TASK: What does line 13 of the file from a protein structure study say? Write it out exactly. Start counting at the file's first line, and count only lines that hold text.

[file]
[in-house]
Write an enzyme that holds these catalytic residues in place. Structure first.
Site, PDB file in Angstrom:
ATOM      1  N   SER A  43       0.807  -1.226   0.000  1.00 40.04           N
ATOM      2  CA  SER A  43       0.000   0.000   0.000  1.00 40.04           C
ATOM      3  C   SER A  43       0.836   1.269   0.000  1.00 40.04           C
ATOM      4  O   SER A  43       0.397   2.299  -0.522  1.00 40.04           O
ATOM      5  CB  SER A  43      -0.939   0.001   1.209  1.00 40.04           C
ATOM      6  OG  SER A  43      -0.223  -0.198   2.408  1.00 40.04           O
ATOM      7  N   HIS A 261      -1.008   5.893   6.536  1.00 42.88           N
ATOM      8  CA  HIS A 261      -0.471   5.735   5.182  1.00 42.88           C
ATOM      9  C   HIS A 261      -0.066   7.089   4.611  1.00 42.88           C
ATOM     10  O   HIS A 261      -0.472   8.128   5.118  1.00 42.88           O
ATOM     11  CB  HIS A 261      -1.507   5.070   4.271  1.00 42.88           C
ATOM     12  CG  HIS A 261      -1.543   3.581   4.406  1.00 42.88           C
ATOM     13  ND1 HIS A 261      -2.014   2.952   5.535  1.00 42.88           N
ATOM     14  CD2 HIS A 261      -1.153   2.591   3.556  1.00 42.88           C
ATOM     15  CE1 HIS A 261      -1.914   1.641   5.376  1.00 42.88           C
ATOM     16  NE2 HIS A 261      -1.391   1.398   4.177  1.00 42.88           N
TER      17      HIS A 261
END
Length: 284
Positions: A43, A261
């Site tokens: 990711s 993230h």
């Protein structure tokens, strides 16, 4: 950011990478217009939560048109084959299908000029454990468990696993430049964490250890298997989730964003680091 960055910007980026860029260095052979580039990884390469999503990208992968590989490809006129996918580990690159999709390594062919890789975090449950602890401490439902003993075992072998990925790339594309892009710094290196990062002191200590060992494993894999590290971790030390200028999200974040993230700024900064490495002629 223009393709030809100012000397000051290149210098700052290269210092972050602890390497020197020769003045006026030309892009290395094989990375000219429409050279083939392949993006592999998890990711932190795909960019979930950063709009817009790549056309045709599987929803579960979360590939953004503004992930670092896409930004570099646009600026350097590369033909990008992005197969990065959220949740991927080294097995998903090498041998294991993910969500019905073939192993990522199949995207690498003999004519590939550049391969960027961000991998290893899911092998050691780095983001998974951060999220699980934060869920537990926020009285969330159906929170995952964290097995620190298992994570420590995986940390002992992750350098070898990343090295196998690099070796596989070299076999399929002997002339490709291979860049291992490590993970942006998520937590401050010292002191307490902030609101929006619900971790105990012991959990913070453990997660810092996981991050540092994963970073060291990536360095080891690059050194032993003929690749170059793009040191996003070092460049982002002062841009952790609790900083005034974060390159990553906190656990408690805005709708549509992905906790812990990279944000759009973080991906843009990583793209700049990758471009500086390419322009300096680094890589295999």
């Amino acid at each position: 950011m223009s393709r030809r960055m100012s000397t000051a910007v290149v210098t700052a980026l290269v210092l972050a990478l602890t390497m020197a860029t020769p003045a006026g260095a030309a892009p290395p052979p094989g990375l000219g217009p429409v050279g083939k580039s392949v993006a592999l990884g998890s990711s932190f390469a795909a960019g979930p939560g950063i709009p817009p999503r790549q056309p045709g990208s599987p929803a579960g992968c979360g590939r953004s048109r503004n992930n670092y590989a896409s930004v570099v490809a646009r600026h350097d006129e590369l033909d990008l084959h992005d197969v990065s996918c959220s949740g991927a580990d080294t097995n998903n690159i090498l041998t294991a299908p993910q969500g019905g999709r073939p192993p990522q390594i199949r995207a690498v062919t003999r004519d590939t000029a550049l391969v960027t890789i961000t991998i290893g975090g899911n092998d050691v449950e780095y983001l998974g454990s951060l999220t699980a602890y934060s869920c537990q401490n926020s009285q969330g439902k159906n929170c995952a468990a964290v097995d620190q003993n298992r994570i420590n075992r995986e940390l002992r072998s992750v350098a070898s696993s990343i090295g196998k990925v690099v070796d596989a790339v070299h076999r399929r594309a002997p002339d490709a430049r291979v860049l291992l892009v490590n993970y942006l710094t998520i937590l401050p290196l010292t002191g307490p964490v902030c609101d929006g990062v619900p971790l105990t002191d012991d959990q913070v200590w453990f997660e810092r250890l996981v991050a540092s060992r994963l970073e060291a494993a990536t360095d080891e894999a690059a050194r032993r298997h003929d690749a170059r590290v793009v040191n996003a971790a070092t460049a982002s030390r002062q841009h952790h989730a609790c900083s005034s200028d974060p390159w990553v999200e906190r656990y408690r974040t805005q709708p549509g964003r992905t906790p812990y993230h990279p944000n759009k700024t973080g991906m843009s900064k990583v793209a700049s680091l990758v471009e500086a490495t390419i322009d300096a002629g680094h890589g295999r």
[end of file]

ATOM     10  O   HIS A 261      -0.472   8.128   5.118  1.00 42.88           O